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I can recall back when working with MFC you could support multiple versions of the MFC framework by checking the _MFC_VER macro.

I'm doing some stuff now with .NET 4 and would like to use Tuple in a couple of spots but still keep everything else 3.5 compatible.

I'm looking to do something like:

    public Tuple<TSource, TResult> SomeMethod<TSource, TResult>(){...}
    public KeyValuePair<TSource, TResult> SomeMethod<TSource, TResult>(){...}
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Perhaps vote up this: connect.microsoft.com/VisualStudio/feedback/details/679124/… –  Brad Robinson Jul 12 '11 at 2:58

3 Answers 3

up vote 4 down vote accepted

There are no builtin precompiler constants that you can use. But, it is easy enough create your own build configurations in VS with each configuration having its own set of defined constants and of course a target framework version. A lot of people do this to conditionally compile based 32 or 64 bit differences.

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I wonder why they don't build these in like they do DEBUG and CODE_ANALYSIS. –  dkackman Sep 20 '09 at 0:41
dkackman: Eric Lippert always says that these features don't build themselves; the feature does not exist simply because nobody ever designed, specified, implemented, tested, documented and shipped that feature. See blogs.msdn.com/ericlippert/archive/2009/06/22/… –  configurator Sep 20 '09 at 3:32
A build-configuration does not cover Platform and Referenced Assemblies. You will have to configure a different Project for each platform. –  Henk Holterman Sep 20 '09 at 8:44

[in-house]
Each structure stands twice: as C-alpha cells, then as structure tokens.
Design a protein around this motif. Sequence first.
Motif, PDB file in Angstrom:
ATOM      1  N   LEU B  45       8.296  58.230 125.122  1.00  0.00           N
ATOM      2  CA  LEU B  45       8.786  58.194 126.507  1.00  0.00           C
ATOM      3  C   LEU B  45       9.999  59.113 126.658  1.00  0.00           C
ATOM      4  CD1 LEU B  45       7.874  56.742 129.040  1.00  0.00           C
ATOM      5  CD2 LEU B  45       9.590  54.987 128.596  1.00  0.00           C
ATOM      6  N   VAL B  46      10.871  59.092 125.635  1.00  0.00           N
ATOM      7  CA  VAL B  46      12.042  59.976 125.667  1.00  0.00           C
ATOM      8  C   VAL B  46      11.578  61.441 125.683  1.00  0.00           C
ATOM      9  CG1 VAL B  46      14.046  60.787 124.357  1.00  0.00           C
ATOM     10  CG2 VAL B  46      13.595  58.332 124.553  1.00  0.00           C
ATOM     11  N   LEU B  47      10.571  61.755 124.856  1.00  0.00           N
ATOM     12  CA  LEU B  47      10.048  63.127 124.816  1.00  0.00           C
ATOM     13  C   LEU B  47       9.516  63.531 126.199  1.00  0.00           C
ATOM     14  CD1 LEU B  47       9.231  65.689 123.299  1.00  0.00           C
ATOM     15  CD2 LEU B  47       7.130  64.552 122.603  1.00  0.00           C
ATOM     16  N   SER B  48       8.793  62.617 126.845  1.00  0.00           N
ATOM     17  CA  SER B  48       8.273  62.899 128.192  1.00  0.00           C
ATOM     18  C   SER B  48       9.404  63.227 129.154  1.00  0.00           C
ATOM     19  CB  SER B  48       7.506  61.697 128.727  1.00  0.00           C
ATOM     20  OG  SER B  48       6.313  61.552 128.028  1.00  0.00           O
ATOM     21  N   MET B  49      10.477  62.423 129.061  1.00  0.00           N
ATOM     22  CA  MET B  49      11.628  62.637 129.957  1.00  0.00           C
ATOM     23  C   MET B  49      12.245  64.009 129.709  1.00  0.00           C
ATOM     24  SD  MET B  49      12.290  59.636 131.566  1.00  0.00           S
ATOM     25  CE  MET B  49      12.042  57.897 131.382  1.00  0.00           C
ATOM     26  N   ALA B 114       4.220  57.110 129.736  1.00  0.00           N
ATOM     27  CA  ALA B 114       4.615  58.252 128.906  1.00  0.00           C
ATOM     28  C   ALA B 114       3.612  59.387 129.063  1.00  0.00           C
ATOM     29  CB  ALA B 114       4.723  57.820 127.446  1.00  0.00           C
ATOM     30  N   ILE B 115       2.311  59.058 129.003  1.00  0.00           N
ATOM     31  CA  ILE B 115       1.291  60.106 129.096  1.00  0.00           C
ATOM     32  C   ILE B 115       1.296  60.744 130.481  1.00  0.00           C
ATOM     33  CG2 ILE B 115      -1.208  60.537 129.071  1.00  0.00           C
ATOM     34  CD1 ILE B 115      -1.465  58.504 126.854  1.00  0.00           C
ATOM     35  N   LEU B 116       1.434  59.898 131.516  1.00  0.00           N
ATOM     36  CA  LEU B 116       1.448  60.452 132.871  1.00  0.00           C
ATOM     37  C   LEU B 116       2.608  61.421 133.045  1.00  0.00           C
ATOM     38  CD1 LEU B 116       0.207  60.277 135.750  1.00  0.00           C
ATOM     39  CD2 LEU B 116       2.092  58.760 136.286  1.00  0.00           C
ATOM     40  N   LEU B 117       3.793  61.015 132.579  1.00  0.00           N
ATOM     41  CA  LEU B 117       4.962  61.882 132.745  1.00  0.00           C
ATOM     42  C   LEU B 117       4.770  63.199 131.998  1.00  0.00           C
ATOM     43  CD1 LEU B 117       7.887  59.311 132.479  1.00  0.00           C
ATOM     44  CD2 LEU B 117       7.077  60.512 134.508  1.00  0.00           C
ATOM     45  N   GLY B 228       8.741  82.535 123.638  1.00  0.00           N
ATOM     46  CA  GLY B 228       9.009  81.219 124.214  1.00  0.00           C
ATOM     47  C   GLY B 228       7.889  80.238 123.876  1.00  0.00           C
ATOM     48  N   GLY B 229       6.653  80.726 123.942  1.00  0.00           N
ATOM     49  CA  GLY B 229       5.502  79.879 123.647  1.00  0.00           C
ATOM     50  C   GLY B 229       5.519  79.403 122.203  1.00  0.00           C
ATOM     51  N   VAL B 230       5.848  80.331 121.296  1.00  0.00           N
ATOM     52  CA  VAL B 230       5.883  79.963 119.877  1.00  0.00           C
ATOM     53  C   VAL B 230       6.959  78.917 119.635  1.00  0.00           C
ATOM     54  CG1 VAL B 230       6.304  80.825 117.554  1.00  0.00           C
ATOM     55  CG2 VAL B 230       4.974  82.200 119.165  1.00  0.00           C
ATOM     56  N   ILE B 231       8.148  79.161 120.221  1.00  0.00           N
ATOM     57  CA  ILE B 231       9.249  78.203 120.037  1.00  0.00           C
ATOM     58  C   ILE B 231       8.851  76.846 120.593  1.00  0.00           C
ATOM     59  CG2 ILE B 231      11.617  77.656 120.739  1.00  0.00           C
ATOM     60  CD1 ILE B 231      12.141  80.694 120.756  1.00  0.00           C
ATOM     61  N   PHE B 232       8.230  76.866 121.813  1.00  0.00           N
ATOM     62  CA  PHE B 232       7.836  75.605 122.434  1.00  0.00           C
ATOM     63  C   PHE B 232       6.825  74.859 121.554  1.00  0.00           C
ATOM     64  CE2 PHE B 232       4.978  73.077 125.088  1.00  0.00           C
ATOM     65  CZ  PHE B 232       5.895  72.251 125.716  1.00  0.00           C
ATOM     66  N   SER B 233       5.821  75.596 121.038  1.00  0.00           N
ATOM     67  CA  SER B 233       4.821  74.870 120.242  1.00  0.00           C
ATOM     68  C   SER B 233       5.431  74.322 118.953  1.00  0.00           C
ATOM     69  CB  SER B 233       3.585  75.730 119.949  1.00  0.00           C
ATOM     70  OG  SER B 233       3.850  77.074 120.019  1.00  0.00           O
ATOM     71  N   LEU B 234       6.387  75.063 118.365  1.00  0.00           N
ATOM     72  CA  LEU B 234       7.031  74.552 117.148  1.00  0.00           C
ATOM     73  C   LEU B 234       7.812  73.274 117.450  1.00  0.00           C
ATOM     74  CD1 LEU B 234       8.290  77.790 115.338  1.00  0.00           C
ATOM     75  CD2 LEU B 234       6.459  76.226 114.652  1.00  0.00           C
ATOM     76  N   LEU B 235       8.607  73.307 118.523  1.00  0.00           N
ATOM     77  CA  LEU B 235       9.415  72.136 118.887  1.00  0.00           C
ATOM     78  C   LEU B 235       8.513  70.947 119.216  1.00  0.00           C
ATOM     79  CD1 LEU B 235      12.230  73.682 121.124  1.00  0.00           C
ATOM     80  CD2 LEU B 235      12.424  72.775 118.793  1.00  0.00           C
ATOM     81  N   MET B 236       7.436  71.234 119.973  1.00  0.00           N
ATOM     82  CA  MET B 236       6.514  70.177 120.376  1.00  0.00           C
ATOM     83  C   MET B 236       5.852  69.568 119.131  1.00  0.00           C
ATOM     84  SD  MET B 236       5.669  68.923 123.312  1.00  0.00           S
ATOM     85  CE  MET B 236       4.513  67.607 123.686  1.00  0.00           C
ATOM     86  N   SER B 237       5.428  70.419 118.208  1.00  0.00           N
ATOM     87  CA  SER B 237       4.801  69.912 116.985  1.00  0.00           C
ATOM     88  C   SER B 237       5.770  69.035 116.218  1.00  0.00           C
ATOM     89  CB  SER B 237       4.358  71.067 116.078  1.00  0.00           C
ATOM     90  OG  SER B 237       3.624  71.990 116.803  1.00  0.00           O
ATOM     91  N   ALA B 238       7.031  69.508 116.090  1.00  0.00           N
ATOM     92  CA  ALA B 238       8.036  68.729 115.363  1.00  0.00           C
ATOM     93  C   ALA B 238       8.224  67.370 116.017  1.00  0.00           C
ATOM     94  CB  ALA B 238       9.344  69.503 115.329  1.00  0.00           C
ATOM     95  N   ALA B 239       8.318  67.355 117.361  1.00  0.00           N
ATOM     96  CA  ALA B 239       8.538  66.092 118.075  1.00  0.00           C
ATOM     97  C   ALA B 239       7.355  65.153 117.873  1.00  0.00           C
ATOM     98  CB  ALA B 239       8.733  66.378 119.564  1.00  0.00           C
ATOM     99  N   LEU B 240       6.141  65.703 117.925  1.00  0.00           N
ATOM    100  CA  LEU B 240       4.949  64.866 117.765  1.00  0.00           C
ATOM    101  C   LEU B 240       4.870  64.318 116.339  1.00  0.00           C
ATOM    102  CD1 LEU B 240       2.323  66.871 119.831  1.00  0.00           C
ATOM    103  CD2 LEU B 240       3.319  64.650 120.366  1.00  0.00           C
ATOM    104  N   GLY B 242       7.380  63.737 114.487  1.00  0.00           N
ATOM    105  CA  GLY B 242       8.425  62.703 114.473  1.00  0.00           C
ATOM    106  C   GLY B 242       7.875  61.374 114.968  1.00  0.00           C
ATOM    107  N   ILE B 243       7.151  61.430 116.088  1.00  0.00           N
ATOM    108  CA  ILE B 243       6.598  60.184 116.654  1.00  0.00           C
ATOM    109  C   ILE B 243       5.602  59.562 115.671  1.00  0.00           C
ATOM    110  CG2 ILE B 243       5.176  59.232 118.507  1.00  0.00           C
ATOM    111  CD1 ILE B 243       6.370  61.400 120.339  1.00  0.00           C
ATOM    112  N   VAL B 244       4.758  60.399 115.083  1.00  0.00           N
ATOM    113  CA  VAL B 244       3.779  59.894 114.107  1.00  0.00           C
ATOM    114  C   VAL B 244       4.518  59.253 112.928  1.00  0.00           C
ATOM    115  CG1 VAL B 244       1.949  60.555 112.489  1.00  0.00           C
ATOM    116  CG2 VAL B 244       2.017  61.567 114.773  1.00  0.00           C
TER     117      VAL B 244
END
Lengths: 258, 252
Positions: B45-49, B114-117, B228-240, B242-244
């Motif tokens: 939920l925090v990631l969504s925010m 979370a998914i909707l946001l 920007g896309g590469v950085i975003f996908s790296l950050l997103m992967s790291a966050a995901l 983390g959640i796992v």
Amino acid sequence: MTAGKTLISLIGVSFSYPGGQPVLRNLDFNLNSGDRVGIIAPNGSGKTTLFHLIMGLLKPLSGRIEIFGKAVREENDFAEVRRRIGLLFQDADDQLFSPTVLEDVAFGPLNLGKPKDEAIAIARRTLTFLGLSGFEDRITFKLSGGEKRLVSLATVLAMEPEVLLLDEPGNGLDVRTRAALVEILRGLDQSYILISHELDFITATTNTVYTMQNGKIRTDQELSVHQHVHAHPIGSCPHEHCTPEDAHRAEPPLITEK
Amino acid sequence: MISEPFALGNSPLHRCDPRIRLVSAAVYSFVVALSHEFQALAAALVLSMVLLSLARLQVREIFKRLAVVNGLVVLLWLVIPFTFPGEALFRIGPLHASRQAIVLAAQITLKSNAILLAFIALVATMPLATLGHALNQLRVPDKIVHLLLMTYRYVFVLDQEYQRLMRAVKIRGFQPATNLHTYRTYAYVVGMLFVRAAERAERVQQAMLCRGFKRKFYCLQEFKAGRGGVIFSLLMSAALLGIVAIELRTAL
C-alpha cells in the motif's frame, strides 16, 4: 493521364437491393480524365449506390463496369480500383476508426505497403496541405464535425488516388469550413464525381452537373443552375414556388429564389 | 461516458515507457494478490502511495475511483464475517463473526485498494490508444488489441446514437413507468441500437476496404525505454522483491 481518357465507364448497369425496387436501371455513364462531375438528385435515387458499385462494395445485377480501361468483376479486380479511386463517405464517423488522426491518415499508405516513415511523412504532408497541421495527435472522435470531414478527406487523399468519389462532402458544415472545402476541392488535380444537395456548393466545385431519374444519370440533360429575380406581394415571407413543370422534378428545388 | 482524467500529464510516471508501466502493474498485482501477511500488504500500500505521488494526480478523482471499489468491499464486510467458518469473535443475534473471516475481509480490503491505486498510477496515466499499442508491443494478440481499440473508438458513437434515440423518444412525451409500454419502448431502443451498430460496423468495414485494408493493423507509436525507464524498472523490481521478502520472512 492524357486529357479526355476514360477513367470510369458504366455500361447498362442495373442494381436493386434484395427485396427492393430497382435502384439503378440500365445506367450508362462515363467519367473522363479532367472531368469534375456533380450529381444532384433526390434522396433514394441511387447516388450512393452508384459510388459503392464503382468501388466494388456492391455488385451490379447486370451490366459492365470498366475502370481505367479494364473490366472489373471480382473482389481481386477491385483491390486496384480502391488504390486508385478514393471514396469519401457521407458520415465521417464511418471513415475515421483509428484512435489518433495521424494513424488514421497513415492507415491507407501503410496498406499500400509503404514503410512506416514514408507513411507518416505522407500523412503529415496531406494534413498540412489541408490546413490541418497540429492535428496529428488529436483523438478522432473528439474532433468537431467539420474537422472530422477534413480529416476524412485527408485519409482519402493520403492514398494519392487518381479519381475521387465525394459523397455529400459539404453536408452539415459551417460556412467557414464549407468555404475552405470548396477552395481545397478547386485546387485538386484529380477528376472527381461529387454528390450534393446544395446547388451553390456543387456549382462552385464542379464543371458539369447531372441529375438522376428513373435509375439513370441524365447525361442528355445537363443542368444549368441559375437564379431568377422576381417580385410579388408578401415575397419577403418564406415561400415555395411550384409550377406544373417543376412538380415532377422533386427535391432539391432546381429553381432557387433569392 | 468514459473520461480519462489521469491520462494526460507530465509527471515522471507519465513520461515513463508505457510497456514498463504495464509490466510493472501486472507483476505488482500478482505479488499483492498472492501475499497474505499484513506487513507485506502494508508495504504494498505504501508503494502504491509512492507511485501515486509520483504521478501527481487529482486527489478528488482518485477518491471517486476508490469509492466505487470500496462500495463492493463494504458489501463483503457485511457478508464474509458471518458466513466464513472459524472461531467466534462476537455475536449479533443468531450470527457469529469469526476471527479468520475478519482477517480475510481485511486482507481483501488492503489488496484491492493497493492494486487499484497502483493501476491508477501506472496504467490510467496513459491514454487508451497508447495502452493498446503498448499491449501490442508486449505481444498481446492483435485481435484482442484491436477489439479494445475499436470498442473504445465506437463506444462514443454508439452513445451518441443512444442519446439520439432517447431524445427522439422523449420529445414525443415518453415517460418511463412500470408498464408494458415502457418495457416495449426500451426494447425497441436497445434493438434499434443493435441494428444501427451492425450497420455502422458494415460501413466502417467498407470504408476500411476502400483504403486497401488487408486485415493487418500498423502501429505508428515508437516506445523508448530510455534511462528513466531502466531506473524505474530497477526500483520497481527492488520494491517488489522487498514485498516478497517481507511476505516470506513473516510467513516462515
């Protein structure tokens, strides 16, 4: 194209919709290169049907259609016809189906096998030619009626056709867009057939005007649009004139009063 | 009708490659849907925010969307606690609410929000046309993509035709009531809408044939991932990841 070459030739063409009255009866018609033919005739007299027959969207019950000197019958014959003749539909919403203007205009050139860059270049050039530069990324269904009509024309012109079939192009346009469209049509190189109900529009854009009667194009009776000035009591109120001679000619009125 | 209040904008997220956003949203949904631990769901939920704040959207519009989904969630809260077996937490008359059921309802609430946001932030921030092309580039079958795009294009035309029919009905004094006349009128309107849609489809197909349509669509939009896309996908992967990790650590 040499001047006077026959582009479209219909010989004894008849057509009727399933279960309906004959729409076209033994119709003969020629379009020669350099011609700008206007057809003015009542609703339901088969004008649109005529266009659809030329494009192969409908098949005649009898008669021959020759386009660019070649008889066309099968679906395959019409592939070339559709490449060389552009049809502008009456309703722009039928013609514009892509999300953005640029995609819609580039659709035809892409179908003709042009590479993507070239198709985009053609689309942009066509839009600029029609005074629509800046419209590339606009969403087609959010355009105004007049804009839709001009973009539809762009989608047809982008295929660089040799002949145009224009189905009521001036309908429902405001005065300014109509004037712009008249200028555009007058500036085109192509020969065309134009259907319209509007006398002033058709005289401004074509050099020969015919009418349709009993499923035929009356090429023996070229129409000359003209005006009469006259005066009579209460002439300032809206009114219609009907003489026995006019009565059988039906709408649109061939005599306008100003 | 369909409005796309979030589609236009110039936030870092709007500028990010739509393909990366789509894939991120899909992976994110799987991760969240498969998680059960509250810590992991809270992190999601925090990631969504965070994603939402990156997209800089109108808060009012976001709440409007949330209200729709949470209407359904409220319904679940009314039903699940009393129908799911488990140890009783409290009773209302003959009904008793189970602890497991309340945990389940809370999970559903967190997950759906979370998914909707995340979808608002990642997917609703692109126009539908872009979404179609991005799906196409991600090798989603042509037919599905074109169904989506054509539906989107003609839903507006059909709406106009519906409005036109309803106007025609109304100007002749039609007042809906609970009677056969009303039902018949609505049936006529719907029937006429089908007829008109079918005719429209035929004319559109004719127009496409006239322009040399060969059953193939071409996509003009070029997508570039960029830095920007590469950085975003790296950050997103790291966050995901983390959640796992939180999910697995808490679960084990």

@configurator: Fair point. It just seems like a logical thing to do for the most common non-build configuration sorts of things (i.e. things that have to be handled at the project level and is a pattern that is already part of vs.net. A compact framework project defines PocketPC automatically for instance. –  dkackman Sep 20 '09 at 13:54
@dkackman: I don't think DEBUG and CODE_ANALYSIS are build in, at least there not automatically defined if you compile with debug or so. For example: DEBUG is explicitly set in the csproj (i.e. msbuild file) when you run the "Debug" configuration. –  Christian.K Sep 23 '09 at 11:07

There is one big caveat to be aware of when defining custom compilation symbols in your .csproj (or .vbproj, theoretically): they overwrite all previously-defined compilation symbols. For example, consider MSBuild snippet:

  <PropertyGroup Condition="'$(TargetFrameworkVersion)' == 'v4.0'">

The second DefineConstants element will, as its value suggests, clobber the first value of DefineConstants. To avoid this, you'll want to rewrite the second DefineConstants element to look like this:


Also, you'll want to place this inside of a PropertyGroup defined after all other PropertyGroups, as Visual Studio 2010 currently adds in custom compilation symbols in such a way that it will clobber any other custom compilation symbols you define if they are placed before Visual Studio plops down its definition. I've filed this issue with Microsoft. You can track its progress at Microsoft Connect.

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On a side note, your conditional compilation code will frustrate programmers that encounter it. It's much better to do something like this:

public class Pair<TSource, TResult> :
    Tuple<TSource, TResult>
    KeyValuePair<TSource, TResult>

public Pair<TSource, TResult> SomeMethod<TSource, TResult>(){...}

This will ensure that anyone who consumes your code can do this:

Pair<TSource, TResult> result = SomeMethod<TSource, TResult>();

Rather than this:

    Tuple<TSource, TResult> result;
    KeyValuePair<TSource, TResult> result;

result = SomeMethod<TSource, TResult>();
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Isn't KeyValuePair<TKey, TValue> a struct? –  Emperor Orionii Jan 14 at 12:24

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